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Med Sci (Paris). 2019 Nov;35 Hors série n° 2:39-42. doi: 10.1051/medsci/2019182. Epub 2019 Dec 20.

[Unraveling the pathophysiology of Bethlem Myopathy using a unique zebrafish model for the disease].

[Article in French; Abstract available in French from the publisher]

Author information

1
Institut NeuroMyoGène, Université Lyon 1, Université de Lyon, UMR CNRS 5310, Inserm U1217, Lyon, France.
2
Institut de Génomique et Fonctionnelle de Lyon, ENS de Lyon, UMR CNRS 5242, INRA USC1370, Université Lyon 1, Lyon, France.

Abstract

in English, French

Bethlem myopathy (BM) is a neuromuscular disease characterized by joint contractures and muscle weakness. BM is caused by mutations in one of the genes encoding one of the three α-chains of collagen VI (COLVI), a component of the skeletal muscle extracellular matrix. Nowadays, an unresolved question is to understand how alteration of COLVI located outside the muscle cells leads to functional modifications in muscle fibers. The zebrafish model col6a1Δex14 is currently the unique animal model of the disease since it is the only model to reproduce a mutation that is the most frequently found in BM patients. In patient and col6a1Δex14 zebrafish muscles, the structure of the sarcoplasmic reticulum has been found to be altered, thus suggesting dysfunction in intracellular Ca2+ handling and/or in ion channels that are known to control Ca2+ homeostasis and to play pivotal roles in muscle function and pathogenesis. Therefore, our project aims at exploring the properties of ion channels and intracellular Ca2+ regulation using electrophysiological approaches and intracellular Ca2+ measurement at rest and during activity in isolated muscle fibers from col6a1Δex14 zebrafish. On one hand, this project should contribute to decipher how alteration in an extracellular matrix component transduces pathogenic signals within muscle fiber and should possibly lead to identify therapeutic targets for this currently incurable disease. On the other hand, because functional studies on zebrafish muscle cells are scarce, this project will provide a sound database on the electrophysiological properties of this cell model.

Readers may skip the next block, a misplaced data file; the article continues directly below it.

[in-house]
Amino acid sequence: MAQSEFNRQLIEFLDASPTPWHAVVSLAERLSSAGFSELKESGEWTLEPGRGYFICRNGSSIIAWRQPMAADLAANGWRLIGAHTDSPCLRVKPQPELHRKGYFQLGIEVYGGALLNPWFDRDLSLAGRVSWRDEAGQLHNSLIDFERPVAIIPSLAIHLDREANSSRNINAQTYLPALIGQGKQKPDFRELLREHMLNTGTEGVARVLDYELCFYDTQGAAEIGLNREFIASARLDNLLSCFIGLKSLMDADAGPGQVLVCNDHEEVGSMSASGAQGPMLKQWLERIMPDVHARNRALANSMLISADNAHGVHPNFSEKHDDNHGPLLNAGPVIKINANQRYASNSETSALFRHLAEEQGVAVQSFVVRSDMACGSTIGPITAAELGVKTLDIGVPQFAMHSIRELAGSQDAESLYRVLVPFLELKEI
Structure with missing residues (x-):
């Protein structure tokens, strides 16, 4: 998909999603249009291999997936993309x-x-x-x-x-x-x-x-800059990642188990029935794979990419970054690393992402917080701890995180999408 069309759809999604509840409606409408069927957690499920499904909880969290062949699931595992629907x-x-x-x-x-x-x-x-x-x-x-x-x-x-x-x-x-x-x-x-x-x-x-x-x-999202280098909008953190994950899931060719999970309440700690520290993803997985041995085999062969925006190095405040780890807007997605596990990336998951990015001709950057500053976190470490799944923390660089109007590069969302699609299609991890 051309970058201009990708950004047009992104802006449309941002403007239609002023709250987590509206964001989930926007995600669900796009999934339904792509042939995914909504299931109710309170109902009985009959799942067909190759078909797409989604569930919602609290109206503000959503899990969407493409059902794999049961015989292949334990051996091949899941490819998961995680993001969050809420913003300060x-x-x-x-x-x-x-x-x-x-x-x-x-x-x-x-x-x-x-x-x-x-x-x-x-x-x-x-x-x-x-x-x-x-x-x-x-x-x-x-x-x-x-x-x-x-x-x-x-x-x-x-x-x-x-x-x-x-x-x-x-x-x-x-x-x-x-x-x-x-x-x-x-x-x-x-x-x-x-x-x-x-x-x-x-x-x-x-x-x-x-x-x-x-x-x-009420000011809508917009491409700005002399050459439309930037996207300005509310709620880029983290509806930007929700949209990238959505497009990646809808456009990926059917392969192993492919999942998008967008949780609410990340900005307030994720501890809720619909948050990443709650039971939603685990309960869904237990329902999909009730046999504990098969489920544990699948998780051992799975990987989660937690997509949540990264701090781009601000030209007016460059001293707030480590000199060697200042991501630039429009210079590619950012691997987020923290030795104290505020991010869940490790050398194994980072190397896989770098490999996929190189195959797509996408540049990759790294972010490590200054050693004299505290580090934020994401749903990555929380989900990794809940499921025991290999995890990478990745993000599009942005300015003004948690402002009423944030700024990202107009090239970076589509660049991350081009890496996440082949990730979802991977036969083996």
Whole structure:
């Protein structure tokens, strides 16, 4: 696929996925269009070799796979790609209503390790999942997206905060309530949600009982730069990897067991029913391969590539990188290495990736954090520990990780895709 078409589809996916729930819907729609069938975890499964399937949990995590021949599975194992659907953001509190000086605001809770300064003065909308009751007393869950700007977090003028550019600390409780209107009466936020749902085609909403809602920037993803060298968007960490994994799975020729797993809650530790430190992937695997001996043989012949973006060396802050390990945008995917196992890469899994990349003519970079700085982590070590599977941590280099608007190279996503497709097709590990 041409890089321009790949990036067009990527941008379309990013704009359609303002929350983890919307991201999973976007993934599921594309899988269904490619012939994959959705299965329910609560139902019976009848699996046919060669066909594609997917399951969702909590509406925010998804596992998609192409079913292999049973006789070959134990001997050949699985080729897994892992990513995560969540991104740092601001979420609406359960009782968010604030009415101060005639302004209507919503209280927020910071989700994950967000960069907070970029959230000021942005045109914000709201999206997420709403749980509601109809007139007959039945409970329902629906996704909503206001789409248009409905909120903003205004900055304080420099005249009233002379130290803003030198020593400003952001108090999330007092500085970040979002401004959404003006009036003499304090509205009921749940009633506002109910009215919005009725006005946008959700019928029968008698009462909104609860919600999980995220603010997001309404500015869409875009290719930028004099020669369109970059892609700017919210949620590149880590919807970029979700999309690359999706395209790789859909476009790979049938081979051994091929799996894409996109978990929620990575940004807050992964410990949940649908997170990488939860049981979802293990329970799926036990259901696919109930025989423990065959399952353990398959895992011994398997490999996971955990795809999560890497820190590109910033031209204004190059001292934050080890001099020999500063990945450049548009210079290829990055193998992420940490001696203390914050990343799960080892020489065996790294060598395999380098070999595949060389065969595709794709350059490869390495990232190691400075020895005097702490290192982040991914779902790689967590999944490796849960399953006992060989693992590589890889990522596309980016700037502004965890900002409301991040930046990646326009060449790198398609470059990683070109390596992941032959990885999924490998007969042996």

PMID:
31859630
DOI:
10.1051/medsci/2019182

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